5.2: Identifying Trigonometric Ratios
Learning Objectives
- Identify the different parts of right triangles.
- Identify complementary angles in right triangles.
- Become familiar with the basic trigonometric ratios of sine, cosine, and tangent.
What is Trigonometry?
Trigonometry is the study of triangles and the relationships between their side lengths and the angles in between their sides.
The word Trigonometry has two parts: “trig” means triangle and “metry” means measure
Where is Trigonometry used?
There are many applications of trigonometry. Of particular value is the technique of triangulation, which is used in astronomy to measure the distance to nearby stars, in geography to measure distances between landmarks, and in satellite navigation systems. GPSs (global positioning systems) would not be possible without trigonometry. Other fields which make use of trigonometry include:
- astronomy (and navigation - on the oceans, in aircraft, and in space)
- music theory and acoustics
- analysis of financial markets
- electronics
- probability theory and statistics
- medical imaging (CAT scans and ultrasound)
- pharmacy, chemistry, and biology
- number theory (and cryptology)
- land surveying and geodesy
- architecture
- various types of engineering (electrical, mechanical, and civil)
- computer graphics
- cartography (the study of maps)
In your own words, Trigonometry is:
What are the three most interesting applications of trigonometry for you?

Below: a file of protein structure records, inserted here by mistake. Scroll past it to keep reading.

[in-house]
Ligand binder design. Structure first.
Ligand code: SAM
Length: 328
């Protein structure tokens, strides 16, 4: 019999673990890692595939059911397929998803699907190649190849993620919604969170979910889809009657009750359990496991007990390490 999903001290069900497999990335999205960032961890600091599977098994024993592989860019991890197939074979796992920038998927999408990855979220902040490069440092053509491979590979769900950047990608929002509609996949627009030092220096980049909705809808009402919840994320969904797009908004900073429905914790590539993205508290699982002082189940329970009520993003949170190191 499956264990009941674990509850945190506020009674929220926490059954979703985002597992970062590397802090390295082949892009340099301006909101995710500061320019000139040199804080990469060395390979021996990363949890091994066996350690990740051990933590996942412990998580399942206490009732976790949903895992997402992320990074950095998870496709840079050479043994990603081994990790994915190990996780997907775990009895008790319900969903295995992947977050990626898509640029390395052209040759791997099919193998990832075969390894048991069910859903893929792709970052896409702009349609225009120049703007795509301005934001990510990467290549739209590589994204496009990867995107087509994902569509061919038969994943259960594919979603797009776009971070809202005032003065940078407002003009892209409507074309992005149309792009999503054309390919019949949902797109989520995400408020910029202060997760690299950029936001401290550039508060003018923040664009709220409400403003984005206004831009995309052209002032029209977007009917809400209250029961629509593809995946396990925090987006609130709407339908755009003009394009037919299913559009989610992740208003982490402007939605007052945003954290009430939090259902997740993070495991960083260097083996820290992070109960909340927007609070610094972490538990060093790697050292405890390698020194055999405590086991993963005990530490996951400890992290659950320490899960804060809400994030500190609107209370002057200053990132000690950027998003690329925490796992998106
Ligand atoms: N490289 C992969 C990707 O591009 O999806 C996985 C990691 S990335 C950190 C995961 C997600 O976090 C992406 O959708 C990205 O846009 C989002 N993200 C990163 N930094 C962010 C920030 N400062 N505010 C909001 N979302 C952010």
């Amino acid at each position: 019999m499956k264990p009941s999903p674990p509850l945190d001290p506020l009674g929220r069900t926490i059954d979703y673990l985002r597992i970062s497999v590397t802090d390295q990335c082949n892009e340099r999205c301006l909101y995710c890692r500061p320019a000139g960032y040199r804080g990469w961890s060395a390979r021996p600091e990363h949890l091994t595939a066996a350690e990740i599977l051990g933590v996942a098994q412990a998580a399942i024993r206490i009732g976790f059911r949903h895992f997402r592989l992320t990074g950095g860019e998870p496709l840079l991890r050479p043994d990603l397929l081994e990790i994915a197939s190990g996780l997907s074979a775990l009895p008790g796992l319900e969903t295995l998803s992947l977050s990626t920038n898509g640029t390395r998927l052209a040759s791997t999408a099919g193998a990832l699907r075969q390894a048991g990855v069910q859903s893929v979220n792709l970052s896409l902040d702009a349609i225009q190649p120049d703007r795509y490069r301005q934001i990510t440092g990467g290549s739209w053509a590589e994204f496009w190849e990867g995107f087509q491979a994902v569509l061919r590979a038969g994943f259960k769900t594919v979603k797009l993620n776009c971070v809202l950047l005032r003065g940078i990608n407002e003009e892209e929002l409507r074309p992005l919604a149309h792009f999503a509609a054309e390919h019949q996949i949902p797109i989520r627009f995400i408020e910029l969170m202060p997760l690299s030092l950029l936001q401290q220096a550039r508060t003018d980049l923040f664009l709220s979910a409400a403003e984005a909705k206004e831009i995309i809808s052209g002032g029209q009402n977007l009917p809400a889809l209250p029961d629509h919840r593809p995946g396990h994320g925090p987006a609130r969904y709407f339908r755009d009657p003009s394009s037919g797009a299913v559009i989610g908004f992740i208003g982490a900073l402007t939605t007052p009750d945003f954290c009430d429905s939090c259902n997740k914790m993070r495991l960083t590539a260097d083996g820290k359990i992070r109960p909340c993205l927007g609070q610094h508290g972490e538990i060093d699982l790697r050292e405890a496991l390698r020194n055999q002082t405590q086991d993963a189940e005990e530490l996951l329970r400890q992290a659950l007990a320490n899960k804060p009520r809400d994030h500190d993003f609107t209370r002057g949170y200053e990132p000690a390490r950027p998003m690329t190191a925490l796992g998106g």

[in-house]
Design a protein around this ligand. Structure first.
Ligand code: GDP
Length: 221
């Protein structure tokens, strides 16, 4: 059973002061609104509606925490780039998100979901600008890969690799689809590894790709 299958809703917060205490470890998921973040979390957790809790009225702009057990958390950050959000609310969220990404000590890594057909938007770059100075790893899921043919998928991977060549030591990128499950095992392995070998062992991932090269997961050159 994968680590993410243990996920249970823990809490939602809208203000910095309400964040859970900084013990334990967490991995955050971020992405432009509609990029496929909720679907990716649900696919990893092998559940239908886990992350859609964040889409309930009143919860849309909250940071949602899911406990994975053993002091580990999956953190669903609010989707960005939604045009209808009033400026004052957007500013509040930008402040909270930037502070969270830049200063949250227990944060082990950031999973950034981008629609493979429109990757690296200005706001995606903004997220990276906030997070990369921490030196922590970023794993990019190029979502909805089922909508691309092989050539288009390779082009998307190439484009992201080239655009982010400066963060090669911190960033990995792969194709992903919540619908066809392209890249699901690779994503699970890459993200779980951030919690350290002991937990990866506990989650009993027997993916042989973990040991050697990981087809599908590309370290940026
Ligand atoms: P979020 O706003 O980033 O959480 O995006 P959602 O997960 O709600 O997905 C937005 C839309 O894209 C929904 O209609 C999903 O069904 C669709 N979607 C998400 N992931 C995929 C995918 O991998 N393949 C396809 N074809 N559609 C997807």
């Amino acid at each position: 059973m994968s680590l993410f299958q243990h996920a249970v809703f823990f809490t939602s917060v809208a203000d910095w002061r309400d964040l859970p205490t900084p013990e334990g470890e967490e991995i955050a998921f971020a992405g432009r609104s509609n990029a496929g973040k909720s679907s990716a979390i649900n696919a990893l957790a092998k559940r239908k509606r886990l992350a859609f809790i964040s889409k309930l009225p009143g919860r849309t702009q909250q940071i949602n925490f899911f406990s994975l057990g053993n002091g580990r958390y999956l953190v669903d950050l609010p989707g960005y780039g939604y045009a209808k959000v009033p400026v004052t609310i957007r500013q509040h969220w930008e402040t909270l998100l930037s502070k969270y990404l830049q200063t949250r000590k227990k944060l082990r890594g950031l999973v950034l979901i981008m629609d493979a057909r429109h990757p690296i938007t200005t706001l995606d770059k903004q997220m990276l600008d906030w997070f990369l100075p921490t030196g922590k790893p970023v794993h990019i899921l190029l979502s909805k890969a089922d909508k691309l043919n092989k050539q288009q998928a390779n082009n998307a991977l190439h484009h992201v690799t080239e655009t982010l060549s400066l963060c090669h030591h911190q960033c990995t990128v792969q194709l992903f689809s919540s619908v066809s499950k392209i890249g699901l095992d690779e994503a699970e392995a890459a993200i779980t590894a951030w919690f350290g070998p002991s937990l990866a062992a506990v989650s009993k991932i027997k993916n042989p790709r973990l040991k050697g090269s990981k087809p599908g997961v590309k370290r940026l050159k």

Parts of a Triangle
In trigonometry, there are a number of different labels attributed to different sides of a right triangle. They are usually in relation to a specific angle. The hypotenuse of a triangle is always the same, but the terms adjacent and opposite depend on which angle you are referencing.
A side adjacent to an angle is the leg of the triangle that helps form the angle.
A side opposite to an angle is the leg of the triangle that does not help form the angle.
What does the word adjacent mean?
Adjacent means “next to,” so an adjacent side is next to the angle in question.
Examine the picture below: Segment \begin{align*}AB\end{align*} is next to, or adjacent to, angle \begin{align*}B\end{align*}. Notice that it is also the leg of the triangle that helps to form angle \begin{align*}B\end{align*}.
In the triangle shown above, segment \begin{align*}\overline{AB}\end{align*} is adjacent to \begin{align*}\angle B \end{align*}, and segment \begin{align*}\overline{AC}\end{align*} is opposite to \begin{align*}\angle B \end{align*}.
Similarly, \begin{align*}\overline{AC}\end{align*} is adjacent to \begin{align*}\angle C \end{align*}, and \begin{align*}\overline{AB}\end{align*} is opposite to \begin{align*}\angle C \end{align*}.
The hypotenuse is always \begin{align*}\overline{BC}\end{align*}.
In the picture above,
Segment \begin{align*}AC\end{align*} is __________ angle \begin{align*}B\end{align*} and __________ angle \begin{align*}C\end{align*}.
Segment \begin{align*}AB\end{align*} is __________ angle \begin{align*}B\end{align*} and __________ angle \begin{align*}C\end{align*}.
Because angle \begin{align*}A\end{align*} is \begin{align*}90^\circ\end{align*}, Segment \begin{align*}CB\end{align*} is always the __________.
Example 1
Examine the triangle in the diagram below.
Identify which leg is adjacent to \begin{align*}\angle R \end{align*}, opposite to \begin{align*}\angle R \end{align*}, and the hypotenuse.
The first part of the question asks you to identify the leg adjacent to \begin{align*}\angle R \end{align*}. Since an adjacent leg is the one that helps to form the angle and is not the hypotenuse, it must be \begin{align*}\overline{QR}\end{align*}.
The next part of the question asks you to identify the leg opposite \begin{align*}\angle R \end{align*}.
Since an opposite leg is the leg that does not help to form the angle, it must be \begin{align*}\overline{QS}\end{align*}.
The hypotenuse is always opposite the right angle, so in this triangle the hypotenuse is segment \begin{align*}\overline{RS}\end{align*}.
Complementary Angles in Right Triangles